The Largest Security-Cleared Career Network for Defense and Intelligence Jobs - JOIN NOW

Weapons of Mass Destruction (WMD)

Taiwan's Air Force chief test flies F-5 fighter after deadly crash

ROC Central News Agency

11/14/2020 03:12 PM

Taipei, Nov. 14 (CNA) Taiwan's Air Force conducted a test flight of one of its F-5 fighter jets on Saturday, after completing major checkups of its fleet, following a deadly crash more than two weeks ago, according to Taiwan's military news service.

The test flight took place at 8:50 a.m., involving an F-5F with the tail number 5261, and was co-piloted by Air Force chief Hsiung Hou-chi (熊厚基), a report from the Military News Agency (MNA) said.

The aircraft landed safely at Taitung's Zhi-Hang Air Base after the 40-minute flight, the report said.

"I took part in the test flight to show our countrymen that the F-5s are reliable and to demonstrate the will of our Air Force service members to defend our sky," Hsiung was quoted by the report as saying.

On Oct. 29, an F-5E, a single-seated variant of the F-5, crashed into the sea less than two minutes after taking off from Zhi-Hang Air Base, killing its pilot Chu Kuan-meng (朱冠甍).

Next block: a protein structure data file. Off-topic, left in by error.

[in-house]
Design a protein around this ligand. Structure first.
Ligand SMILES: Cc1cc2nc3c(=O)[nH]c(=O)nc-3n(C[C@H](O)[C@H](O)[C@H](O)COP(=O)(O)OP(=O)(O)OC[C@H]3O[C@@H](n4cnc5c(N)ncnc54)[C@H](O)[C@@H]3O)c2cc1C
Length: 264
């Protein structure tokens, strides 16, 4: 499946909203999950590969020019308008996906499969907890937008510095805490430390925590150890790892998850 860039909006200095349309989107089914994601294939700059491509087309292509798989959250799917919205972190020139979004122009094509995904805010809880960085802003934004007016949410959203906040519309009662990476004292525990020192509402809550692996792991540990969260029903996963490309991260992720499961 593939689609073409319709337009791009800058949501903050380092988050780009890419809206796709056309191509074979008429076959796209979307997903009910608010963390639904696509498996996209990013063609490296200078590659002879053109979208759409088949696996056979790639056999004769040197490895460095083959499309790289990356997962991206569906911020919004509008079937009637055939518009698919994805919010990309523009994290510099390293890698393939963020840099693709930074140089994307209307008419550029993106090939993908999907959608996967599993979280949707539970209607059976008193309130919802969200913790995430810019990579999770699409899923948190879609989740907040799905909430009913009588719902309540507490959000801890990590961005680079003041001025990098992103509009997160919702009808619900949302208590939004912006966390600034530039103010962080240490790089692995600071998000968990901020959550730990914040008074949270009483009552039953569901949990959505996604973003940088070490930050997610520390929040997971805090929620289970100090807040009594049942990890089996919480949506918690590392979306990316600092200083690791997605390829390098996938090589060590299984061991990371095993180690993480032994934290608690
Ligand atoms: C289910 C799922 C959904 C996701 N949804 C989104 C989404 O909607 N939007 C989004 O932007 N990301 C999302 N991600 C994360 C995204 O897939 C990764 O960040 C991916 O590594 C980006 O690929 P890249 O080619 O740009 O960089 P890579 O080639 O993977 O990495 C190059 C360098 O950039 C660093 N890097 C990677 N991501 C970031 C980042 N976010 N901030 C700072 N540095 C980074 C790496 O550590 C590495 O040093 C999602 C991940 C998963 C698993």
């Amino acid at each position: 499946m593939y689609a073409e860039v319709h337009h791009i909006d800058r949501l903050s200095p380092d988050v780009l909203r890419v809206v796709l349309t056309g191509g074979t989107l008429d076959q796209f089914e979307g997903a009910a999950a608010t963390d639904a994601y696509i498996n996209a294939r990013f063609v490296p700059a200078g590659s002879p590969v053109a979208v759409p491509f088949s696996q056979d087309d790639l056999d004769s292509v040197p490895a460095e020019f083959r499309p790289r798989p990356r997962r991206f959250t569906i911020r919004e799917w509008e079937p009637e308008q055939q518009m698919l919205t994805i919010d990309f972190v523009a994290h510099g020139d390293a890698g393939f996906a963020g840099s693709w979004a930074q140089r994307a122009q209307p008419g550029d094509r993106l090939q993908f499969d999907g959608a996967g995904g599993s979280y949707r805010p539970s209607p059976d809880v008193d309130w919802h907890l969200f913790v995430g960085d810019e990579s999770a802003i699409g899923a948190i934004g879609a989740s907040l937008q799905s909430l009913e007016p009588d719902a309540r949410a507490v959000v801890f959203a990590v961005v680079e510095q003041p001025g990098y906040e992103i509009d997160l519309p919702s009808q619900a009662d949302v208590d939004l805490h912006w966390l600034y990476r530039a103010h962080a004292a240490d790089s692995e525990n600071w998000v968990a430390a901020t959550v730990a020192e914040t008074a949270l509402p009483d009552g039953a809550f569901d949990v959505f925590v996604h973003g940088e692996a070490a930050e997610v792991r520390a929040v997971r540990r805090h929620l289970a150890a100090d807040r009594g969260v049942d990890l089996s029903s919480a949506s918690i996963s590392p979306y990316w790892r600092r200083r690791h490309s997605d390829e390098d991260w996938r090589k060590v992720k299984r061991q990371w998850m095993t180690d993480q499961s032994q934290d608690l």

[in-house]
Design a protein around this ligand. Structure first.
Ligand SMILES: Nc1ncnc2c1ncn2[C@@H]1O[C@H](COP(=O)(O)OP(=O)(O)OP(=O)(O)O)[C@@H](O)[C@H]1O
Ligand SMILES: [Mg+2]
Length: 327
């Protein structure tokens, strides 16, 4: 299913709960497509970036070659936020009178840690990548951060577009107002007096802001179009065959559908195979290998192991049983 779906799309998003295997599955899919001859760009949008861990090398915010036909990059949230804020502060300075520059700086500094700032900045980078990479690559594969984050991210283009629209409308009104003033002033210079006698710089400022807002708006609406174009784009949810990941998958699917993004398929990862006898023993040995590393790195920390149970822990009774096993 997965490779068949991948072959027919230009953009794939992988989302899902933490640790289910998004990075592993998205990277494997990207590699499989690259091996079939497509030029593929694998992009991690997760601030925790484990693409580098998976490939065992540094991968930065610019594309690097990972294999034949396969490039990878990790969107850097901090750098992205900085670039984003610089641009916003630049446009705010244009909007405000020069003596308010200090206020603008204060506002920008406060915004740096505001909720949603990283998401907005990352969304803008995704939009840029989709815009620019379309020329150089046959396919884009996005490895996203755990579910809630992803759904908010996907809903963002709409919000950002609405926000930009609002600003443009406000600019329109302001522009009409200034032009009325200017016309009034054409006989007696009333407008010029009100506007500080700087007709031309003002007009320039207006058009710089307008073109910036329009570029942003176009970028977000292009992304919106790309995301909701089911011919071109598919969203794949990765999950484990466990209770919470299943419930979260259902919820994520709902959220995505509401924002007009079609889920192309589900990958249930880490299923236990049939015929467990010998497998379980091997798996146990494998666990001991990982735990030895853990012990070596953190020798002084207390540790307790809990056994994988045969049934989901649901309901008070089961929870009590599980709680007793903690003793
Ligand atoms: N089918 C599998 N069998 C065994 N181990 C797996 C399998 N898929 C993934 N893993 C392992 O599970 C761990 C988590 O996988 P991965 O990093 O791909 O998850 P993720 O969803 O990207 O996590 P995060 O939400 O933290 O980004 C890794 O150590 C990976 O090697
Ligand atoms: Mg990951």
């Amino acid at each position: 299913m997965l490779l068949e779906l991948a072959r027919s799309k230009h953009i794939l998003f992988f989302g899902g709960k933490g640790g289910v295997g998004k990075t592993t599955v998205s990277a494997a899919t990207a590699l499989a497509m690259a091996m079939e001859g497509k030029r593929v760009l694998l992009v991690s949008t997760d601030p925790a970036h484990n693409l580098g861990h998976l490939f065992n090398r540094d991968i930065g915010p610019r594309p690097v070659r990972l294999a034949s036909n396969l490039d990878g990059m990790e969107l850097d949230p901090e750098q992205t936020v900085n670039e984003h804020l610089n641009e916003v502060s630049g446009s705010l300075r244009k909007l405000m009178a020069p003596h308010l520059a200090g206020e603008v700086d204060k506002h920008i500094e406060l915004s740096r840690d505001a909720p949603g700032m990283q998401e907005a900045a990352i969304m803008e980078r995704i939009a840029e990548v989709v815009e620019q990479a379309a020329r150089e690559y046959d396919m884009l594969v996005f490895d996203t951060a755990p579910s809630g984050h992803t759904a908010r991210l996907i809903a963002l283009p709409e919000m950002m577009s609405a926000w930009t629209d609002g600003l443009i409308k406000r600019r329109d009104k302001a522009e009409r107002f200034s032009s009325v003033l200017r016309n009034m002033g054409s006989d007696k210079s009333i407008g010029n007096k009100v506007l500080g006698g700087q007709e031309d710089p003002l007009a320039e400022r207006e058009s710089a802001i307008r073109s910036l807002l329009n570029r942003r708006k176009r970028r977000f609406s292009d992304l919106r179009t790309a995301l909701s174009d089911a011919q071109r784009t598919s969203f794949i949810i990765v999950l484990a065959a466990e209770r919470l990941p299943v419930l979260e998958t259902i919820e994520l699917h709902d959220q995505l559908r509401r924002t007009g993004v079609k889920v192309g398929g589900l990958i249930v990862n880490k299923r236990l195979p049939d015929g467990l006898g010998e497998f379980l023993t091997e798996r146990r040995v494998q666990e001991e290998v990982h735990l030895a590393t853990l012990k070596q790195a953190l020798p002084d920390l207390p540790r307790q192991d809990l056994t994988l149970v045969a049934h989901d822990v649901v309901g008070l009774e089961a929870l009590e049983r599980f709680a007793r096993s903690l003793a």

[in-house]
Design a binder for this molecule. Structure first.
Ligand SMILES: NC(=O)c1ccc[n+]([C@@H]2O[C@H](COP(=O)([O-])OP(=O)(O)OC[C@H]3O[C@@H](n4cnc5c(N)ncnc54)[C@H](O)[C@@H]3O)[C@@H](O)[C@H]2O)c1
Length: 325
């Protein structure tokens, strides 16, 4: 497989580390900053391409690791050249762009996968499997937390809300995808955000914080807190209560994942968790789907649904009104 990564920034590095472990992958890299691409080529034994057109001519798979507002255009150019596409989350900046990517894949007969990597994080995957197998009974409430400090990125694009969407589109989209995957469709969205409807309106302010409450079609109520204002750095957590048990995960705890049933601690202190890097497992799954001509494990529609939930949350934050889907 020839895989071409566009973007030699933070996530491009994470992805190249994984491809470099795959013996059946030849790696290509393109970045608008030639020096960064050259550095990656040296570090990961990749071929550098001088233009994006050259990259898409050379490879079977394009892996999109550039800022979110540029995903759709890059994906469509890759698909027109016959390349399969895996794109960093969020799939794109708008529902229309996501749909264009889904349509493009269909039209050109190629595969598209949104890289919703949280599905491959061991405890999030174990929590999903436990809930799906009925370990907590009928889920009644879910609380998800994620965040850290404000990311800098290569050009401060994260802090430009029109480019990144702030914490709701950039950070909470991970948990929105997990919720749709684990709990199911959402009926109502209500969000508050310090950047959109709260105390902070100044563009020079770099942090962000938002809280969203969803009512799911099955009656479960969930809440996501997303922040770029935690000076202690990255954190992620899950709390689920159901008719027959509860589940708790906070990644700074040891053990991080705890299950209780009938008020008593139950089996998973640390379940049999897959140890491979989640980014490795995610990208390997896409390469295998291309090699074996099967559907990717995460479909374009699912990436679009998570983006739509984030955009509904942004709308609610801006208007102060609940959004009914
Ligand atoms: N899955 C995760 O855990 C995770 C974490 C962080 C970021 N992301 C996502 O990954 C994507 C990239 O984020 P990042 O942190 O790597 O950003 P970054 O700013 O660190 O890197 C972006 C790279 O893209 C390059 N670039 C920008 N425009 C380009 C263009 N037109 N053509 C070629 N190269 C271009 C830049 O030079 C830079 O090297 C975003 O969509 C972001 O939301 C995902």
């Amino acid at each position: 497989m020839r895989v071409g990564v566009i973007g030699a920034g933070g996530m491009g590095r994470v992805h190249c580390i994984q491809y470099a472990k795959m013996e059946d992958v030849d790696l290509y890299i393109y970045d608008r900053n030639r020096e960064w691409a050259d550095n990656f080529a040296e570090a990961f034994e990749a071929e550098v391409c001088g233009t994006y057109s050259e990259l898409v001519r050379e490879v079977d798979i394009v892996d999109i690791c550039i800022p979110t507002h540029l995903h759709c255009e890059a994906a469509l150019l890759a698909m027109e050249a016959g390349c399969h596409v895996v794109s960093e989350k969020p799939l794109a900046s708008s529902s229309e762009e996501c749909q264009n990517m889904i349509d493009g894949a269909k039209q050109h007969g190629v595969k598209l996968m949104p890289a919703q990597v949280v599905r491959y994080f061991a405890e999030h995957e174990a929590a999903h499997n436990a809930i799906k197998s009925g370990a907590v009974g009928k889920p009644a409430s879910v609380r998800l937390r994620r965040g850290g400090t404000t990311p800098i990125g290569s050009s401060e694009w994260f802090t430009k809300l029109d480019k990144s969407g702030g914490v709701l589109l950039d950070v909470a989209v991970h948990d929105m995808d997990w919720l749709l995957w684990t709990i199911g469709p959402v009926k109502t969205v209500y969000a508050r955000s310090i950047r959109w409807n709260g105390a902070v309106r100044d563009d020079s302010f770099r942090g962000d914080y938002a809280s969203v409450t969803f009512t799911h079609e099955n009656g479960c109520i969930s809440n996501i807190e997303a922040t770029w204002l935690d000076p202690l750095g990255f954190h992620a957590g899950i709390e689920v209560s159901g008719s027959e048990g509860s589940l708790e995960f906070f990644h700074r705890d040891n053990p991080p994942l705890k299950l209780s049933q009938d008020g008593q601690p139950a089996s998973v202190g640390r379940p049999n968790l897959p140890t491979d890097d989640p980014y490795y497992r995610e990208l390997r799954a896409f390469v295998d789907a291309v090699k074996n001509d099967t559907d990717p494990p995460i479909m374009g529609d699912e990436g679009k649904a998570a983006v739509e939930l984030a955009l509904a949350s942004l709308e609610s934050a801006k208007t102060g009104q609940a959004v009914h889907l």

The Air Force had since suspended the operation of all its F-5s for major inspections.

According to the MNA report, inspections of the engine system, emergency escape system, fuel system and electronic instruments, as well as corrosion protection, were performed on all F-5s.

The October crash has raised doubts about deploying the aged F-5s, the earliest batch of which was manufactured in 1973 with the help of U.S.-based Northrop Corporation.

However, the Air Force has emphasized several times that the usability of a plane depends on its condition and not its age, pointing out that 26 countries around the world are still employing F-5s.

"I believe the F-5s are safe to fly. That's why I was willing to join this test mission," Hsiung said, according to the MNA report.

Despite this, Taiwan's Defense Minister Yen De-fa (嚴德發) has said the Air Force will replace its F-5s with indigenous advanced jet trainers (AJT) within the next three years.

Meanwhile, the military's investigation on the crash is still ongoing partly because the wreckage of the ill-fated F-5E has yet to be recovered due to rough weather conditions, a military source told CNA.

Taiwan's Presidential Office has announced the posthumous promotion of Chu from captain to lieutenant colonel, effective Oct. 29.

(By Emerson Lim and Matt Yu)

Enditem/cs



NEWSLETTER
Join the GlobalSecurity.org mailing list